By
{mosimage}Space Vulture , by Gary K. Wolf and Archbishop John J. Myers (Tor Publishing, 333 pages, $27.95).

When most people think about leaders of the Catholic Church, science fiction doesn’t usually come to mind. However, in March 2008, a book came out that could change this.

A political fight for peace

By
{mosimage}Creative Dissent: A Politician’s Struggle for Peace by Douglas Roche (Novalis, 381 pages, softcover $37.95).

Douglas Roche was just entering his adult life when the United States dropped two atomic bombs on Japan. That event — and the subsequent Cold War and nuclear arms race — would serve as the ever-present backdrop to a political life consistently focused on disarmament and development as the keys to international peace.

Guelph author writes to a younger market

By
{mosimage}Hello, My Name is Emily by Joy Lynn Goddard (160 pages, 2008, paperback $14.95), Daredevils by Joy Lynn Goddard (178 pages, 2004, paperback $12.95), and Charlie’s Song by Joy Lynn Goddard (215 pages, 2007, paperback $15.95). All published by Chestnut Publishing Group.

Former journalist Joy Lynn Goddard turned her writing talent to producing fiction for a younger crowd. Goddard, a teacher at Holy Trinity Catholic School in Guelph, Ont., has published several books for children and young adults, the first three titled Hello, My Name is Emily, Daredevils and Charlie's Song. As in many coming-of-age books, Goddard has combined adventure with self-realization.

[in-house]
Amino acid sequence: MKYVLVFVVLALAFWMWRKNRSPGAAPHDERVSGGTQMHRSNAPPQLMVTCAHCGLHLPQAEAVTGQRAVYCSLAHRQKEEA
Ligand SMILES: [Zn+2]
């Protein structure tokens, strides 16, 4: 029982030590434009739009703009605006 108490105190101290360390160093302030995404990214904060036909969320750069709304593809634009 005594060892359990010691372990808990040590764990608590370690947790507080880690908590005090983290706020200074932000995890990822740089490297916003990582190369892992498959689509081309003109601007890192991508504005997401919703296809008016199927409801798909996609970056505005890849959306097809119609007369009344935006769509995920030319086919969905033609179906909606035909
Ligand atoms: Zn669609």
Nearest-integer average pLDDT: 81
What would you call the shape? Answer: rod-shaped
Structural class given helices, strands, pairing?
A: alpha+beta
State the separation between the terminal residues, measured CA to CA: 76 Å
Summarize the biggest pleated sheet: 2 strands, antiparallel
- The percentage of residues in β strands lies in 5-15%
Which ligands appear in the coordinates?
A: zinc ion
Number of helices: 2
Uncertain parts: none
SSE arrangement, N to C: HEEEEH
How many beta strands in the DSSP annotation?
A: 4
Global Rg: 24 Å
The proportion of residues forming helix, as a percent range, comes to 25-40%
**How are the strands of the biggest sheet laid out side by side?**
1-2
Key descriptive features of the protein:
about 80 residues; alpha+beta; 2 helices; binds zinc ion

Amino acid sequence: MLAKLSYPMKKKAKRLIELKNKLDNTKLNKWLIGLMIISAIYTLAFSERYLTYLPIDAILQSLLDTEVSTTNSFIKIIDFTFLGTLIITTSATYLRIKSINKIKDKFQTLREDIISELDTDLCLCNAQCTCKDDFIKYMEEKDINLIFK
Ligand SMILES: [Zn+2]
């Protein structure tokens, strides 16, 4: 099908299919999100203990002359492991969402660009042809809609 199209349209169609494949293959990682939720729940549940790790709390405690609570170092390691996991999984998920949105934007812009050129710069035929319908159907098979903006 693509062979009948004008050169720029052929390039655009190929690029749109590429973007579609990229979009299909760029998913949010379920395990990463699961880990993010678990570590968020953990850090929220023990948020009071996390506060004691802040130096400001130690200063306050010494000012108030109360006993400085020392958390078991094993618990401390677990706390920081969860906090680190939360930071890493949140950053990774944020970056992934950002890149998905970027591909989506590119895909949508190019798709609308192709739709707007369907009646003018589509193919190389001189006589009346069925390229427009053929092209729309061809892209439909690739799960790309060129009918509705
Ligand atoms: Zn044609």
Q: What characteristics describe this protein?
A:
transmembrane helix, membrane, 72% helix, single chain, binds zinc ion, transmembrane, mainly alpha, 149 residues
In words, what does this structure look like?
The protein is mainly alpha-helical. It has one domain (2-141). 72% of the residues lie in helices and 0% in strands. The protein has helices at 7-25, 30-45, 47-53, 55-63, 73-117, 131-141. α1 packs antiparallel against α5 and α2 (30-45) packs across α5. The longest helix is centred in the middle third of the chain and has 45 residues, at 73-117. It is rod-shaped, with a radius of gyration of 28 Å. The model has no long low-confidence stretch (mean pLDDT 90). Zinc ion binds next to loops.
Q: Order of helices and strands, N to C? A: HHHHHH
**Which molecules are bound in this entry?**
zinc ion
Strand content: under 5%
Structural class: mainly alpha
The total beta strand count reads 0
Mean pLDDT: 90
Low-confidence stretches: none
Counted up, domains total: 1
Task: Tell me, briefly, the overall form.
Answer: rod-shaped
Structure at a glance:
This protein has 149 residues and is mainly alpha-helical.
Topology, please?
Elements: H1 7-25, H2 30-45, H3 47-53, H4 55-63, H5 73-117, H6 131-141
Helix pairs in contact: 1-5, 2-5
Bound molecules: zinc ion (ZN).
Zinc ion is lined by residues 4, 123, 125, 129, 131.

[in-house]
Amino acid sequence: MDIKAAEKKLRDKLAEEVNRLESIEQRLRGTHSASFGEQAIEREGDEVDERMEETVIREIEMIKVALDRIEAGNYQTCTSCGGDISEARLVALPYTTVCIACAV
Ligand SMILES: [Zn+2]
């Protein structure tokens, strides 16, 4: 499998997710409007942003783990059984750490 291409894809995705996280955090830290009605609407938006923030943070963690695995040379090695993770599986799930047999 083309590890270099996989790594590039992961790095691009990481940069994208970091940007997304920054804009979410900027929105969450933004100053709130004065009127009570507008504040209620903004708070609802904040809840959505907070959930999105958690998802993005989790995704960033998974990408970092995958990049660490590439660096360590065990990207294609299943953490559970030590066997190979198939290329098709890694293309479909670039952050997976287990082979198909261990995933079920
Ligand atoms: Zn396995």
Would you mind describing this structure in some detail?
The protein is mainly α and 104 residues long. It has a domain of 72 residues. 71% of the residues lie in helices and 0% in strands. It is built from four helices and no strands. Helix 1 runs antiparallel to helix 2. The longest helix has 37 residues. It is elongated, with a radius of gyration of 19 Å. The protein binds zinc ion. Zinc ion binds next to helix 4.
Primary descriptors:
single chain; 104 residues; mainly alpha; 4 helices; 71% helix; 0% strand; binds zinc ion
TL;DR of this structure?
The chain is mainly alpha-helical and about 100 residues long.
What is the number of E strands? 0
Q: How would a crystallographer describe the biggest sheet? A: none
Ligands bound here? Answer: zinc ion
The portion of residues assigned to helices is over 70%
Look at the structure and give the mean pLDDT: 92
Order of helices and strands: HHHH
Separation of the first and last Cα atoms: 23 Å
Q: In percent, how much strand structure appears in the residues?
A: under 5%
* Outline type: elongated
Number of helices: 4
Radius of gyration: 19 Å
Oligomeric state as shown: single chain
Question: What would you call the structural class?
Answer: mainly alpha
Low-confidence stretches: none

Back to the church

By
{mosimage}The Longest Trip Home: A Memoir , by John Grogan (Harper Collins, 352 pages, hardcover, $27.95).

John Grogan, author of the bestselling Marley and Me, about his dysfunctional but loveable family pet, has just published a second book, The Longest Trip Home. This time he writes about his life, about growing up Catholic near Detroit and about discovering who he is as an adult and parent. 

A Christian's pain can be life-giving

By
{mosimage}With the Dawn Rejoicing: A Christian Perspective on Pain and Suffering by Melannie Svoboda, SND (Novalis, 138 pages, softcover, $14.95).

Each of us has experienced pain in some way. We may have lost a loved one or seen a loved one suffer. Perhaps we have been injured or fallen sick. Or maybe we have struggled with uncertainty, broken relationships or disappointments. When such hardships come upon us we often find ourselves asking, “Why is this happening?” At times we may ask, “Why has God let this happen?” or “Where is God in all of this?”

We can't compromise on violence

By
{mosimage}Put Down Your Sword: Answering the Gospel Call to Creative Non-Violence , by John Dear S.J., (William B. Eerdmans Publishing Company, softcover, 216 pages, $18.50).

The title of Fr. John Dear’s latest book comes from Jesus’ instruction to Peter in the Garden of Gethsemane as He was being arrested. Dear makes the point that Jesus’ call to “Put down your sword!” is particularly significant to us today. They were the last words Jesus spoke to His assembled disciples — to the church. The disciples all ran away at that point and the other, more famous last words of Christ were in truth spoken to others.